I actually heard the latter half of this story on Thanksgiving, but at the time I think I'd just written my 600th family-centric post, deciding instead to stick it in my back pocket with the other gum wrappers and save it for later.

Ever since I was old enough to reminisce, I knew I'd been blessed by Mother Teresa. My mom had the opportunity to meet her when I was in utero, and as legend has it, she touched her growing stomach and made some wise crack about my future as a Missionary of Charity (a detail I usually leave out when telling this story because it leaves me no room to question my vocation or overall purpose in life - if Mother Teresa provides you with one, you're kind of obligated to follow up. Ah well...). So, since I probably had gills and no finger nails at the time of our meeting, I obviously do not remember this. That being said, it's a nice thought to carry around and pull out every time a bad day rolls around. You got the last seat on the bus? I've been blessed by Mother Teresa. Sub-zero temperatures? Eat poo, Mother Nature. I've been blessed by Mother Teresa. Anyway, for the past 26 years or so, I've had that to fall back on when everything else seems quietly out of line.

Fast forward to this past Thanksgiving. Sitting at the end of a long table with my aunt, uncle, mom and brother. Conversation makes its usual turn to talk of McDonald's franchises in somewhat unsavory areas of St. Louis. Standard banter. And then suddenly, I'm blindsided with a story I've never heard before. During that same bout of gestation, my mom and dad were grabbing dinner at a McDonald's near their apartment in the city when they were approached by a mentally unstable and possibly homeless woman. She could've asked for money or a French fry, but instead she chose to curse my mom's stomach. To curse me, an unassuming, downy quasi-human who had, so far, done nothing to harm anyone else. Apparently she made my mom cry and blah blah blah, the point being I had just nine months to make it through unscathed. To grow vital organs and eat through my stomach. But in those nine months, I managed to acquire a blessing from one of the most revered humanitarians in history and a curse from some lady who probably collects Bartles & Jaymes bottles filled with eyelashes.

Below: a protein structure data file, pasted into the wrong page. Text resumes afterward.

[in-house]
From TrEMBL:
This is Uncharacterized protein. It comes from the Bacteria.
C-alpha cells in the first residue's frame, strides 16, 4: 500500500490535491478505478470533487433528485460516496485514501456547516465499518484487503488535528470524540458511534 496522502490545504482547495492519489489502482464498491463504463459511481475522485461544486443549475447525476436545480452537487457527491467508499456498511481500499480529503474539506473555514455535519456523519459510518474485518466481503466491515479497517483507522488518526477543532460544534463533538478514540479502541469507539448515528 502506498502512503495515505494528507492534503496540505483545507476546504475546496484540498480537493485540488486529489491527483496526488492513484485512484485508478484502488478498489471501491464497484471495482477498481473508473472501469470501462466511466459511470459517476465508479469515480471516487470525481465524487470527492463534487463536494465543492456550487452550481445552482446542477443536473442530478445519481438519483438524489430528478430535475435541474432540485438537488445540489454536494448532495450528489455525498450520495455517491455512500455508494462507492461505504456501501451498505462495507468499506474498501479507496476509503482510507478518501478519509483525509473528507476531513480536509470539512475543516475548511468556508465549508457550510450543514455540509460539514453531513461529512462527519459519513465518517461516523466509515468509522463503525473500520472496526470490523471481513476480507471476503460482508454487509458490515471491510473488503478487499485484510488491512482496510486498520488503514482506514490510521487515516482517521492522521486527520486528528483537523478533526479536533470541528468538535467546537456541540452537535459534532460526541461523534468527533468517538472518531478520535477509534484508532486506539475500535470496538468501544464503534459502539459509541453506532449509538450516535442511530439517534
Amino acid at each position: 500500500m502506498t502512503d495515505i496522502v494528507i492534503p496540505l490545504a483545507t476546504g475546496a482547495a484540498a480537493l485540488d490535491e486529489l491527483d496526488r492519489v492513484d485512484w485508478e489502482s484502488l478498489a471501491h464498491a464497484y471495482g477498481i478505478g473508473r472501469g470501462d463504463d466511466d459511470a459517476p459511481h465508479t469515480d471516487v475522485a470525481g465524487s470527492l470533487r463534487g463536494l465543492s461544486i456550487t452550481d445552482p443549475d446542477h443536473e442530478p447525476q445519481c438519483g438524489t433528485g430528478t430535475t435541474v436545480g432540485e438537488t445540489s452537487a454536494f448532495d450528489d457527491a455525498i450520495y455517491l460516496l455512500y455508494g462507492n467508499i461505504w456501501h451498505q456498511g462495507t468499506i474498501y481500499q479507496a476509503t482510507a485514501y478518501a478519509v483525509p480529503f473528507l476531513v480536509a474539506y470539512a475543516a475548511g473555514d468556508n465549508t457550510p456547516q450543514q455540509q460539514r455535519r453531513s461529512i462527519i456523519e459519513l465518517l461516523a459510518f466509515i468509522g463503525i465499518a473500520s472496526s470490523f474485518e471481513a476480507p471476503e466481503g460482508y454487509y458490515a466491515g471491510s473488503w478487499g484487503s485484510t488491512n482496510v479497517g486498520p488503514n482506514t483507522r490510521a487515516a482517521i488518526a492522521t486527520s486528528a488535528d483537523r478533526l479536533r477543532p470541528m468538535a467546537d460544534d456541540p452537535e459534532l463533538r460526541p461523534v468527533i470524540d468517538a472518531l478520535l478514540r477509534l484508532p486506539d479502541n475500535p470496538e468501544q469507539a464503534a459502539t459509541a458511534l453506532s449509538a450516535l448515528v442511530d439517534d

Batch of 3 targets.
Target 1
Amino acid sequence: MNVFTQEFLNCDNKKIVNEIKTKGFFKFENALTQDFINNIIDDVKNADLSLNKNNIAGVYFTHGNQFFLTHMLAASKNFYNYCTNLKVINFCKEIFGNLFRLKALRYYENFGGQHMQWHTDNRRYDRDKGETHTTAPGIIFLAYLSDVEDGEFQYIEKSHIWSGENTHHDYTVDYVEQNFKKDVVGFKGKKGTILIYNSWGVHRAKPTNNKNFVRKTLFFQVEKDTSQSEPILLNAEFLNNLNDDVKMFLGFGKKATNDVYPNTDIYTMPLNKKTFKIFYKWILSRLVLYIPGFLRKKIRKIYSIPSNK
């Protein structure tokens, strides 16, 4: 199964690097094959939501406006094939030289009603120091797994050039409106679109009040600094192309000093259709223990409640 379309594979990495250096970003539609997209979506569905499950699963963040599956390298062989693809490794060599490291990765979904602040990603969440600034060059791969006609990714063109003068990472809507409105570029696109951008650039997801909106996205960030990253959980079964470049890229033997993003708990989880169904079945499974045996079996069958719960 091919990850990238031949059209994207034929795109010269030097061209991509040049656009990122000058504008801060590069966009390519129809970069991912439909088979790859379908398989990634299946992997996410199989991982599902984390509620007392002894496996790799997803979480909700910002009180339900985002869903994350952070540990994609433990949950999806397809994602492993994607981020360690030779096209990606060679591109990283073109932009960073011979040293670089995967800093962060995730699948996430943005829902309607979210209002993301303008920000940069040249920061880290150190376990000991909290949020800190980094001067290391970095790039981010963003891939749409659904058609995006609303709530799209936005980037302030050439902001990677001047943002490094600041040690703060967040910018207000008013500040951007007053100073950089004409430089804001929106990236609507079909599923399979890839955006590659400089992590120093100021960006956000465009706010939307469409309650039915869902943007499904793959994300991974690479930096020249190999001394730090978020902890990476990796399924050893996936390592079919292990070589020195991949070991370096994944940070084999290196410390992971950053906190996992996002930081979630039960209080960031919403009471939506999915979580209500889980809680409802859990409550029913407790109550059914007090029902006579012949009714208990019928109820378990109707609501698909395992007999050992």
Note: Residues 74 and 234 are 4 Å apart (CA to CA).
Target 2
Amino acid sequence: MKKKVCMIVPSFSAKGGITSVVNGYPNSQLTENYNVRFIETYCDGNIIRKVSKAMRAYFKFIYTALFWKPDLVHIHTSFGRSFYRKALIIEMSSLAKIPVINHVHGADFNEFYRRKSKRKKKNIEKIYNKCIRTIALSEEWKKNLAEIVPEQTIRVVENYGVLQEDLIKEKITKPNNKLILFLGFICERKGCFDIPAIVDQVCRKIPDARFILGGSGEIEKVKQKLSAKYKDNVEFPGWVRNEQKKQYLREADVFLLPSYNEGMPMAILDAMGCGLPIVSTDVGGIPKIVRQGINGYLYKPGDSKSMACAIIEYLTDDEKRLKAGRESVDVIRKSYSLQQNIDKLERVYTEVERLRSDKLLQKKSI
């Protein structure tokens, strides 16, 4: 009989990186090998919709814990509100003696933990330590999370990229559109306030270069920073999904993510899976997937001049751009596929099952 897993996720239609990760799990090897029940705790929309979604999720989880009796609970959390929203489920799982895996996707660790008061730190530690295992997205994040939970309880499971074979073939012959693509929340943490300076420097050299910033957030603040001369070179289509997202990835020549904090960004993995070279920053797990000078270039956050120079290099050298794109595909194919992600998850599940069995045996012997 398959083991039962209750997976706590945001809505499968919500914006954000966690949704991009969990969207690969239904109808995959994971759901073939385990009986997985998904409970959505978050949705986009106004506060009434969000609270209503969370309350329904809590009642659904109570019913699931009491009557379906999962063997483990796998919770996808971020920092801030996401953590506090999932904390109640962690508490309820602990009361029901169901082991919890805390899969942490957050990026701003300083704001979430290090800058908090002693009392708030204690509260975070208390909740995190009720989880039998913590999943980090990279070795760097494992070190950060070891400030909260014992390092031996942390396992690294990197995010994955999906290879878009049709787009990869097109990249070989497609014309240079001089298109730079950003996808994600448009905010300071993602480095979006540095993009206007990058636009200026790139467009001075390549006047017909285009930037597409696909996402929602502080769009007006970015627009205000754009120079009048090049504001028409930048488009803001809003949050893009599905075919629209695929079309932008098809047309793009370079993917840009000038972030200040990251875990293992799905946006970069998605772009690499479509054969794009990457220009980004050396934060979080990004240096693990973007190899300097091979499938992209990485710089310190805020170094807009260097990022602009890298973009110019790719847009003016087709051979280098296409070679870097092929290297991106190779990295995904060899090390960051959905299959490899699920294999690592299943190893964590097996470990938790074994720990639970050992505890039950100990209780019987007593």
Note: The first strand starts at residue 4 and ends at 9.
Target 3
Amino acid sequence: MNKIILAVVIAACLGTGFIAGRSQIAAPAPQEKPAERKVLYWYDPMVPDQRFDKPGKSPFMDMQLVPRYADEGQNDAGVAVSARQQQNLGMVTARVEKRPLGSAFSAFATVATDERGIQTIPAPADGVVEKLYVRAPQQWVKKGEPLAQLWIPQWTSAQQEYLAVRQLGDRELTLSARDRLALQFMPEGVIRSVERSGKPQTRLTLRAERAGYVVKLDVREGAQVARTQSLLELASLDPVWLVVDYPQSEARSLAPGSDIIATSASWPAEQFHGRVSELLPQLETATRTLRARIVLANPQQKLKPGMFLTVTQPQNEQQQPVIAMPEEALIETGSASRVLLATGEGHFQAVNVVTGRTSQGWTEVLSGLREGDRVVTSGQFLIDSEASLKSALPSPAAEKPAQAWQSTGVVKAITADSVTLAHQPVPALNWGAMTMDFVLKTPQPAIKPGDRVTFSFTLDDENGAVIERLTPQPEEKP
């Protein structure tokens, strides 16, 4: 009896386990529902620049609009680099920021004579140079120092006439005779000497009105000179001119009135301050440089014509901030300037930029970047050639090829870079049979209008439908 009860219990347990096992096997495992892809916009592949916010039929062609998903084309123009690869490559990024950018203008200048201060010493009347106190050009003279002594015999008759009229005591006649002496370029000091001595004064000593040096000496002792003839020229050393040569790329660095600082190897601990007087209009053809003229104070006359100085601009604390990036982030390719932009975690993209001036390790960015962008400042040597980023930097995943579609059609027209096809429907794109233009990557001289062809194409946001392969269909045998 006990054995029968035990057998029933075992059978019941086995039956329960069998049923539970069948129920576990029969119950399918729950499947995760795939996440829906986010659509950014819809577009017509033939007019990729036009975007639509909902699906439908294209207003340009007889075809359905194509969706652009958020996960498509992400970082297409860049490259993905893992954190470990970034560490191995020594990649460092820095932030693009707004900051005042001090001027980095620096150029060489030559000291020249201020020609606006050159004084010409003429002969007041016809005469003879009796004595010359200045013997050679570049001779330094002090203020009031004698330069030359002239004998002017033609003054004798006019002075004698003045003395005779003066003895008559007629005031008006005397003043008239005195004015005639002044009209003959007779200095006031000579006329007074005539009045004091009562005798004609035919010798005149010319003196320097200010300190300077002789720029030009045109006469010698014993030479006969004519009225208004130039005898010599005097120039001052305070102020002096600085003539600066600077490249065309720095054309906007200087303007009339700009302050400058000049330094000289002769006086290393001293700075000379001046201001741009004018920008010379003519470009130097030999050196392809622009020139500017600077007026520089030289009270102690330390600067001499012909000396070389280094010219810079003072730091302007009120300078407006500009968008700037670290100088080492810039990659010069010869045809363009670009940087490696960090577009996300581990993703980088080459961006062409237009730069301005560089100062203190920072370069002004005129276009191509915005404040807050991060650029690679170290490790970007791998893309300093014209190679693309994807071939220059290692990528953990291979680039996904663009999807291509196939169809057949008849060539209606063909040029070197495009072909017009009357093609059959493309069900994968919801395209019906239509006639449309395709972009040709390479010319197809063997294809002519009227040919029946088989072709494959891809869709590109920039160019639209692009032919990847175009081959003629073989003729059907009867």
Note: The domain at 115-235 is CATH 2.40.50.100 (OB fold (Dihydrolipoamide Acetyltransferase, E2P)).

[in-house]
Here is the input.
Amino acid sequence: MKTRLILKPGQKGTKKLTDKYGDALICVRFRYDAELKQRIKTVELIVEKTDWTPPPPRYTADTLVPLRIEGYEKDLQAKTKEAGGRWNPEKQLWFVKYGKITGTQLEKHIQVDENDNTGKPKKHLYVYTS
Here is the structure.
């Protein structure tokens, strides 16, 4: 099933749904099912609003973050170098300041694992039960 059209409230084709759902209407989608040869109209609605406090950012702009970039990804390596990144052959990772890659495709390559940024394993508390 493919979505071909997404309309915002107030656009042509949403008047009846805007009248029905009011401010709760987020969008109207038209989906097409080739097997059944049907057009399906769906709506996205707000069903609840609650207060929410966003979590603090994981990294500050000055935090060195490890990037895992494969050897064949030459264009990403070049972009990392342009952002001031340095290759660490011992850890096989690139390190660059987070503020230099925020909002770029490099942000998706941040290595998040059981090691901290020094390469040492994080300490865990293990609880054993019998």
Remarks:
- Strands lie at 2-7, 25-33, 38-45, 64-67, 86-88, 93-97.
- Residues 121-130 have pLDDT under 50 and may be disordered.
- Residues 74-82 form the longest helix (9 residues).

As a result, so I've surmised, I'm destined to be mediocre. It's the ying and the yang of good deeds and value meals, and I am the result. Hovering gently in the middle. If I'd never heard the second part of my fetal journey, I would've continued to believe that I'm some sort of female Emperor of the Sun, called upon to shoulder the burden of holy greatness. It's probably better this way, as I can now reconcile my newly realistic obligations as a human being, my unnatural love of sweet & sour sauce packets, and the faint memory of a wrinkled Nobel Peace Prize-winning hand seen through small, developing eyes.

Wednesday, January 14, 2009

The true story of seven strangers. And Chet.

Hey you guys that watch The Real World too. I think there may be three of us, four if you include the elderly woman who fell asleep watching Good Eats and rolled over on the remote. What do you think of this Chet character? Because I have a pretty high tolerance for the bros, hookers and robots MTV has managed to dredge up over the past five years or so, and I can't stand the guy. He gives off a creepy vibe that not even his keffiyeh can cover up. Twenty bucks says he either stabs somebody or turns the confessional into pet store/meth lab/ball pit by the end of the season.